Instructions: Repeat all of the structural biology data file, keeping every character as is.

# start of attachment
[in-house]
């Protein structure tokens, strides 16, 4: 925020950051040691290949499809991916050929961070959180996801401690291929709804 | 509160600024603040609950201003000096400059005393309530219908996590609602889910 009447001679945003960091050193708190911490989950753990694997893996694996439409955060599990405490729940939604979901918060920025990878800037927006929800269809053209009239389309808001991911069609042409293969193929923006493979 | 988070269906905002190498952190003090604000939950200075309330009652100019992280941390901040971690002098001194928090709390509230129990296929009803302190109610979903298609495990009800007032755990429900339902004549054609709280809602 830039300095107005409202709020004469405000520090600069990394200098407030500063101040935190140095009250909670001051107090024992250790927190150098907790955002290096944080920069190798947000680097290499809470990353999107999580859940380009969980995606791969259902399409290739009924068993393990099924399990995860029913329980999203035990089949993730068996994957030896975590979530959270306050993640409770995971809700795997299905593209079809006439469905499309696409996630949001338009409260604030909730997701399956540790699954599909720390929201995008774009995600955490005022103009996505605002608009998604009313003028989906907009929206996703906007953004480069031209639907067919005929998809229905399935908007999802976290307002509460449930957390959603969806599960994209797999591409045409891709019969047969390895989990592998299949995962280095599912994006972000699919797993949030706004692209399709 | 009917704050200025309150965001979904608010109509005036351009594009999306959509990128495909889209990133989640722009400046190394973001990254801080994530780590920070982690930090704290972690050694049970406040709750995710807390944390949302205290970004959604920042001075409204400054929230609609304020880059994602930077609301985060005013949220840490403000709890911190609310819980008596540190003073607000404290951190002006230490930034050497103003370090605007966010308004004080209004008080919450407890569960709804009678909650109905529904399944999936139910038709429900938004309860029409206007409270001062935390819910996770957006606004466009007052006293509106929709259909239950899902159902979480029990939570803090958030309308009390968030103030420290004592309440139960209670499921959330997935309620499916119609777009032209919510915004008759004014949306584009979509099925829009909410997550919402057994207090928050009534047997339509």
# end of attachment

[in-house]
């Protein structure tokens, strides 16, 4: 925020950051040691290949499809991916050929961070959180996801401690291929709804 | 509160600024603040609950201003000096400059005393309530219908996590609602889910 009447001679945003960091050193708190911490989950753990694997893996694996439409955060599990405490729940939604979901918060920025990878800037927006929800269809053209009239389309808001991911069609042409293969193929923006493979 | 988070269906905002190498952190003090604000939950200075309330009652100019992280941390901040971690002098001194928090709390509230129990296929009803302190109610979903298609495990009800007032755990429900339902004549054609709280809602 830039300095107005409202709020004469405000520090600069990394200098407030500063101040935190140095009250909670001051107090024992250790927190150098907790955002290096944080920069190798947000680097290499809470990353999107999580859940380009969980995606791969259902399409290739009924068993393990099924399990995860029913329980999203035990089949993730068996994957030896975590979530959270306050993640409770995971809700795997299905593209079809006439469905499309696409996630949001338009409260604030909730997701399956540790699954599909720390929201995008774009995600955490005022103009996505605002608009998604009313003028989906907009929206996703906007953004480069031209639907067919005929998809229905399935908007999802976290307002509460449930957390959603969806599960994209797999591409045409891709019969047969390895989990592998299949995962280095599912994006972000699919797993949030706004692209399709 | 009917704050200025309150965001979904608010109509005036351009594009999306959509990128495909889209990133989640722009400046190394973001990254801080994530780590920070982690930090704290972690050694049970406040709750995710807390944390949302205290970004959604920042001075409204400054929230609609304020880059994602930077609301985060005013949220840490403000709890911190609310819980008596540190003073607000404290951190002006230490930034050497103003370090605007966010308004004080209004008080919450407890569960709804009678909650109905529904399944999936139910038709429900938004309860029409206007409270001062935390819910996770957006606004466009007052006293509106929709259909239950899902159902979480029990939570803090958030309308009390968030103030420290004592309440139960209670499921959330997935309620499916119609777009032209919510915004008759004014949306584009979509099925829009909410997550919402057994207090928050009534047997339509």